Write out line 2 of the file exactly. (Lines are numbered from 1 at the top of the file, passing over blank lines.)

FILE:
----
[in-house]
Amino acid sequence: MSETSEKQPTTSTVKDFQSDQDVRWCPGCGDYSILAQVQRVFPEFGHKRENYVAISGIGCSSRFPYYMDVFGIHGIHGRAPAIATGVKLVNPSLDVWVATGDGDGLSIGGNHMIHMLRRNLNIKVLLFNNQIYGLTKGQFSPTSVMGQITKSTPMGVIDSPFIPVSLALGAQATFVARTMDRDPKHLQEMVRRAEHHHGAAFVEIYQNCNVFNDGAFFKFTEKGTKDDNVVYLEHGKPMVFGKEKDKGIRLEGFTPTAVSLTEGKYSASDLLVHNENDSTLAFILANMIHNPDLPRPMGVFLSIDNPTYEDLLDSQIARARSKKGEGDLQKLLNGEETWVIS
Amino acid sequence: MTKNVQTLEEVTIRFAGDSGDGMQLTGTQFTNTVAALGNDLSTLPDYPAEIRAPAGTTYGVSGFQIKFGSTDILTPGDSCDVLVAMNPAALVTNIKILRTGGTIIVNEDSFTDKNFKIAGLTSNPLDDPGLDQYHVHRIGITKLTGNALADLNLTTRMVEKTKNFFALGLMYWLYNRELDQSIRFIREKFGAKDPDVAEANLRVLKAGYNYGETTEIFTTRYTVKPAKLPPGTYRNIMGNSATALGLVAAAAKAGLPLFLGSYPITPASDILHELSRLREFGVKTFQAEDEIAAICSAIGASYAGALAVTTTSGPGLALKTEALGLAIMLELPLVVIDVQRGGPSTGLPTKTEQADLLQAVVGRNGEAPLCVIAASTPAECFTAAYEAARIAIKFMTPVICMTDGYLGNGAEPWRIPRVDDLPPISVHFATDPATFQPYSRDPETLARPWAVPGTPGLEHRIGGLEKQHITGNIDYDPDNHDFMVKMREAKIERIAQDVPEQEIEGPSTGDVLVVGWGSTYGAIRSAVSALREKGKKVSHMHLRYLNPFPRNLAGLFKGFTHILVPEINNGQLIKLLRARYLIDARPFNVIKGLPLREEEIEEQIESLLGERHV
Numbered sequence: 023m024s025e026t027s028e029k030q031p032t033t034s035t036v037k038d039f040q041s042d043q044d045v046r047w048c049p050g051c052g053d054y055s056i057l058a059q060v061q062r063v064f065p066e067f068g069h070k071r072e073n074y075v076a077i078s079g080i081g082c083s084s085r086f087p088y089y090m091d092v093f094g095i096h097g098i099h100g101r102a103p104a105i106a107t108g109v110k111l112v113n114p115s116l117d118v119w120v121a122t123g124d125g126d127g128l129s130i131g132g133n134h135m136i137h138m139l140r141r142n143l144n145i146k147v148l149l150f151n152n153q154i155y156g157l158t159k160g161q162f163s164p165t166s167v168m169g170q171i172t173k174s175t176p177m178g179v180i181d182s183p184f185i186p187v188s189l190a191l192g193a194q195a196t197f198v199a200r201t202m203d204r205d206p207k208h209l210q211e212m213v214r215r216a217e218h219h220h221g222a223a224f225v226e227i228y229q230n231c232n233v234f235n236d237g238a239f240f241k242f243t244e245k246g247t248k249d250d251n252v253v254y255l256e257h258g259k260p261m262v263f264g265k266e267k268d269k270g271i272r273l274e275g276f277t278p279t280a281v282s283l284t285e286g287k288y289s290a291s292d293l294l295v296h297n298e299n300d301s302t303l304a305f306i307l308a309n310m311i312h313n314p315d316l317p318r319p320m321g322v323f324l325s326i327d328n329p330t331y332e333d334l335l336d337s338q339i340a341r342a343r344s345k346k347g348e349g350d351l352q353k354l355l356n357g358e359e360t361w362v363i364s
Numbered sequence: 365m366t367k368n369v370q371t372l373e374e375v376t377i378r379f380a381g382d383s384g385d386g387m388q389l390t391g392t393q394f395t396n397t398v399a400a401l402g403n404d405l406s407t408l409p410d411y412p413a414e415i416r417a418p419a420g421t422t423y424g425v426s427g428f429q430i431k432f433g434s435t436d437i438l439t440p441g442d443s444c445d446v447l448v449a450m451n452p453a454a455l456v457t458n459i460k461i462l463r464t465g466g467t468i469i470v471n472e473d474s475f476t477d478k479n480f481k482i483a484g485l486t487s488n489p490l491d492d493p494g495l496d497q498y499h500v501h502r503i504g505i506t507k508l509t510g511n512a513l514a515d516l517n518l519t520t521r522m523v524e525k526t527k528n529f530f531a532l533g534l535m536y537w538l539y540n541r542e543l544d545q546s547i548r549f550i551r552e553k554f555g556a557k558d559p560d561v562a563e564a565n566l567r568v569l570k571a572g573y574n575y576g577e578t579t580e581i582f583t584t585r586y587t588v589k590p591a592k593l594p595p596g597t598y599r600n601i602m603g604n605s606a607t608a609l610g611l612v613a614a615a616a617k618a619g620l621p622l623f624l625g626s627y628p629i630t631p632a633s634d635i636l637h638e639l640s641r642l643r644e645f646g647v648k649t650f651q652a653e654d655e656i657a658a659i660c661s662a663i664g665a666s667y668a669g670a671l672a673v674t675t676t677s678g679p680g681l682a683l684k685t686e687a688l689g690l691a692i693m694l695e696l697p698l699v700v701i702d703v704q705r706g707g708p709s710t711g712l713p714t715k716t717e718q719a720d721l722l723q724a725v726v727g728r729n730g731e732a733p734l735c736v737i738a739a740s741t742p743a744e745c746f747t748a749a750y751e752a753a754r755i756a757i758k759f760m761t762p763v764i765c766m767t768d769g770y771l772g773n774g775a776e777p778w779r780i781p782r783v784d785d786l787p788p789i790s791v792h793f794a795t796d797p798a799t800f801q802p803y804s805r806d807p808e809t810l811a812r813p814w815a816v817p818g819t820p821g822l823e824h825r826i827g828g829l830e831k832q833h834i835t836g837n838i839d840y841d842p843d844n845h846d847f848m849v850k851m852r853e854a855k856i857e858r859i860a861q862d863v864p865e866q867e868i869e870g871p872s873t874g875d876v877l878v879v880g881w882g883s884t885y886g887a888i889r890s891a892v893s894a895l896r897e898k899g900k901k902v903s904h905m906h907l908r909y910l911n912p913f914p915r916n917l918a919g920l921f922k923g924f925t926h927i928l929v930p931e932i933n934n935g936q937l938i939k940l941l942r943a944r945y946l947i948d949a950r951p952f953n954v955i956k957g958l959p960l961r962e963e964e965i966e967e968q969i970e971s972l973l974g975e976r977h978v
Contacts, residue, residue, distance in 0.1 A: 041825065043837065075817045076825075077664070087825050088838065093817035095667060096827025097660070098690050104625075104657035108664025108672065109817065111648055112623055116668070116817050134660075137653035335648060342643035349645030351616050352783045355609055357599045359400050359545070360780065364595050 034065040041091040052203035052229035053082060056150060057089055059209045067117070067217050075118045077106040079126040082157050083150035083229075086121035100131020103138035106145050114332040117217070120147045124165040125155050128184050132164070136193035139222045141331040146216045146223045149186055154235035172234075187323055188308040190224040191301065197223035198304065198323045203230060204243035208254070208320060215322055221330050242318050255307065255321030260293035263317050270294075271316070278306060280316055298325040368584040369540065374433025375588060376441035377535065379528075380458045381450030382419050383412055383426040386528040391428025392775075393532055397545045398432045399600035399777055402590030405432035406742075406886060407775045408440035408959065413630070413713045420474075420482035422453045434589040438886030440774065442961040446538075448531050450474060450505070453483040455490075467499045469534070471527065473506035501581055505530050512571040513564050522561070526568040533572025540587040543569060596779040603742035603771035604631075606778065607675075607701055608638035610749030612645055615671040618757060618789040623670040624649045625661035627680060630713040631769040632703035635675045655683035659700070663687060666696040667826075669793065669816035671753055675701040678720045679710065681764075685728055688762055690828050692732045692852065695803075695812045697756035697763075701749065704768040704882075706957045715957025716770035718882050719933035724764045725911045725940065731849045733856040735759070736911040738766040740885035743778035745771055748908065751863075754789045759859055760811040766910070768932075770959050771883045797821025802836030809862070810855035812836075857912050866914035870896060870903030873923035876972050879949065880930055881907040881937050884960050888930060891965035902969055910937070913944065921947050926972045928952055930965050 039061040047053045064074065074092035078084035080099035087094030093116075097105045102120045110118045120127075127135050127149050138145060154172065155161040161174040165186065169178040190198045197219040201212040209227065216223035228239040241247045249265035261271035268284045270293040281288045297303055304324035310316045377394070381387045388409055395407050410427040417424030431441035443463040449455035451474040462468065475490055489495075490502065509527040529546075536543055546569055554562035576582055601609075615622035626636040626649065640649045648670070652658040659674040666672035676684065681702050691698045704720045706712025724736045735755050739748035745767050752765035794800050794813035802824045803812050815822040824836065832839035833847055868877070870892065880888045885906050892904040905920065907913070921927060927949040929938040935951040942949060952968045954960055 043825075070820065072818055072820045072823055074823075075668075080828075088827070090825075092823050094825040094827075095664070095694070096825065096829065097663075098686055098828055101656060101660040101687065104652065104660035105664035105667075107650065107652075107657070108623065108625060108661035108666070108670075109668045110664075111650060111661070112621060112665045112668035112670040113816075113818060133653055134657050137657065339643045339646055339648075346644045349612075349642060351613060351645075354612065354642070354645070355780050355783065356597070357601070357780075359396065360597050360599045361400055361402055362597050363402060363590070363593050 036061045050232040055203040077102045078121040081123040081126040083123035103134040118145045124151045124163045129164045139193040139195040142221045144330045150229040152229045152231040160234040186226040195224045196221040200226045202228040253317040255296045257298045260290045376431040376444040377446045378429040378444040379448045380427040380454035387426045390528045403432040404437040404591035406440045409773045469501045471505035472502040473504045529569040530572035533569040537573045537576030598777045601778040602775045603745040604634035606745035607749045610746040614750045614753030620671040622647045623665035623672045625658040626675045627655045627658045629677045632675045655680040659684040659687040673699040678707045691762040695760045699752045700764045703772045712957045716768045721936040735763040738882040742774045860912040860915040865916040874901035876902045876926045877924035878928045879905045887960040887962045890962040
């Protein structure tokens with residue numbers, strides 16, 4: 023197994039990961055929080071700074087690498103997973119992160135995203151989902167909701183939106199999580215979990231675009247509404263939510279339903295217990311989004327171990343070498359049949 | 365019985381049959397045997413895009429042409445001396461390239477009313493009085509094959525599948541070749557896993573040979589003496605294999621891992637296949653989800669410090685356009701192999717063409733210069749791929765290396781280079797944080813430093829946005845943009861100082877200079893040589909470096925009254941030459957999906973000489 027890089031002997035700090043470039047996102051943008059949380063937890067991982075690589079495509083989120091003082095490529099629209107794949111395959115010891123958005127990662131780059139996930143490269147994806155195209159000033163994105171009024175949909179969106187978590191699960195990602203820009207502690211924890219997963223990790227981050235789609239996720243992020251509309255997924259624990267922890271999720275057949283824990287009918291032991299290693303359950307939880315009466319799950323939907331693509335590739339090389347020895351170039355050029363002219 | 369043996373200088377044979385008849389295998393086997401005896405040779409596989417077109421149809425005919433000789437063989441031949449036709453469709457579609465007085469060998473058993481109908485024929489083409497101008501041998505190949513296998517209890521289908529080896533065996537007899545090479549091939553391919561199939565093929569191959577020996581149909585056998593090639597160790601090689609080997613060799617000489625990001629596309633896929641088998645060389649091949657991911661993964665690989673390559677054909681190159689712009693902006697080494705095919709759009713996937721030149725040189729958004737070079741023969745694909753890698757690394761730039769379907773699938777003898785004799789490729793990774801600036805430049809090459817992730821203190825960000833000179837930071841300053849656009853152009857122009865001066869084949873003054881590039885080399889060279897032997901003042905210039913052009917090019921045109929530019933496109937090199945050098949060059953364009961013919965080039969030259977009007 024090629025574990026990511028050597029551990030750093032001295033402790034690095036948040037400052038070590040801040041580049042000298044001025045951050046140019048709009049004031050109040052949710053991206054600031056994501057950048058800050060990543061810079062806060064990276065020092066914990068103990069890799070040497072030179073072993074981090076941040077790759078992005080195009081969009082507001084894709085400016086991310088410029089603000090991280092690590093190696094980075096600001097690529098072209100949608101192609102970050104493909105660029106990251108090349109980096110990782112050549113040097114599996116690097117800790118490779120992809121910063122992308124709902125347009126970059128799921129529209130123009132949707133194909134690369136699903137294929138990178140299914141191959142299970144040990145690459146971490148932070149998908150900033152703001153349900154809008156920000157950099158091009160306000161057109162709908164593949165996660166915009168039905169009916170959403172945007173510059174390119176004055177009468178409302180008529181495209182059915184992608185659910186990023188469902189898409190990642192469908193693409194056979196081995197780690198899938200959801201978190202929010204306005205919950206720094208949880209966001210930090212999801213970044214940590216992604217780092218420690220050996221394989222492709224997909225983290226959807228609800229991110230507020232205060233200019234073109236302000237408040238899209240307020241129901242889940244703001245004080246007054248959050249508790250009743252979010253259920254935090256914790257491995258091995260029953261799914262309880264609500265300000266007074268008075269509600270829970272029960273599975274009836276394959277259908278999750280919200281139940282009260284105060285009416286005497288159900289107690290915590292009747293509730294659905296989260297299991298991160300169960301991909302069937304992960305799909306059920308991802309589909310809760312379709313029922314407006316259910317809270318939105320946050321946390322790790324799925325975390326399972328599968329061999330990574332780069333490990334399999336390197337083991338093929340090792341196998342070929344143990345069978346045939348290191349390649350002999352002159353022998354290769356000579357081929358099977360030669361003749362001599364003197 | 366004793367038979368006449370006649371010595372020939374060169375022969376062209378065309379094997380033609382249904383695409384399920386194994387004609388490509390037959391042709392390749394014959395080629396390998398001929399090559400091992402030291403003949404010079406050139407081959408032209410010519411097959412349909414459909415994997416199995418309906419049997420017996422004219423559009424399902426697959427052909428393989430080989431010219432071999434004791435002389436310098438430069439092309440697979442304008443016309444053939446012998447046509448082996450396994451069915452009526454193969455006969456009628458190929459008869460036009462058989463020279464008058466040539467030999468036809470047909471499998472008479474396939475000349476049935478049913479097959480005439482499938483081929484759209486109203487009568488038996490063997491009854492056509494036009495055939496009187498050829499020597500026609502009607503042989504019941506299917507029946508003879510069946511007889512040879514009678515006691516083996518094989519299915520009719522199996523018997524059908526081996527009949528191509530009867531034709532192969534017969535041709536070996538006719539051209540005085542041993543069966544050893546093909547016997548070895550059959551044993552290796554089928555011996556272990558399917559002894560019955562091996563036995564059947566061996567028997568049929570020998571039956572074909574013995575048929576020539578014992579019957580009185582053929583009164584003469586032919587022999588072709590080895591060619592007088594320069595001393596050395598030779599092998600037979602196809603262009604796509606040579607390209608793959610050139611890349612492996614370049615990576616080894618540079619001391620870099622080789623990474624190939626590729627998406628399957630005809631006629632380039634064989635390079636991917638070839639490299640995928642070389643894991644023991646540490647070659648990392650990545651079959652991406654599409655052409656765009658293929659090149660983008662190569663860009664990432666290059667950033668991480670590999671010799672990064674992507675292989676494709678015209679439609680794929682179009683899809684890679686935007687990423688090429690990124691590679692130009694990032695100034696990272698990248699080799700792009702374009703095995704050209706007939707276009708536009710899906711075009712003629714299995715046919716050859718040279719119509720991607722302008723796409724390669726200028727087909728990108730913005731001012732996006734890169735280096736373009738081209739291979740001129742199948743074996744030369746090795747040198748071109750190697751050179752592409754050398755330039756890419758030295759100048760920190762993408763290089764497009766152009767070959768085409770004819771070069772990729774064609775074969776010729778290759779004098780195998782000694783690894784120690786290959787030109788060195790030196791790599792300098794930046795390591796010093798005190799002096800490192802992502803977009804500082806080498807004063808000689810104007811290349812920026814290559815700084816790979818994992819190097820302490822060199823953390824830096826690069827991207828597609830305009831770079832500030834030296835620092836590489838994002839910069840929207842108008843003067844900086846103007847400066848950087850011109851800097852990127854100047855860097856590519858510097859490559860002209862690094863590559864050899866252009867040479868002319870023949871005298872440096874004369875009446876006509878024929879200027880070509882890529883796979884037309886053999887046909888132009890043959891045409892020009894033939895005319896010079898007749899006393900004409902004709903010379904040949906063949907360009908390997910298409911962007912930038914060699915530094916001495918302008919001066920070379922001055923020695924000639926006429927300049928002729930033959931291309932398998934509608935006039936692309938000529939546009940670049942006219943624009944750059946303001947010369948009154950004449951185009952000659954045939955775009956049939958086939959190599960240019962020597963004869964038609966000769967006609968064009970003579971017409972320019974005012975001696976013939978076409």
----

Amino acid sequence: MSETSEKQPTTSTVKDFQSDQDVRWCPGCGDYSILAQVQRVFPEFGHKRENYVAISGIGCSSRFPYYMDVFGIHGIHGRAPAIATGVKLVNPSLDVWVATGDGDGLSIGGNHMIHMLRRNLNIKVLLFNNQIYGLTKGQFSPTSVMGQITKSTPMGVIDSPFIPVSLALGAQATFVARTMDRDPKHLQEMVRRAEHHHGAAFVEIYQNCNVFNDGAFFKFTEKGTKDDNVVYLEHGKPMVFGKEKDKGIRLEGFTPTAVSLTEGKYSASDLLVHNENDSTLAFILANMIHNPDLPRPMGVFLSIDNPTYEDLLDSQIARARSKKGEGDLQKLLNGEETWVIS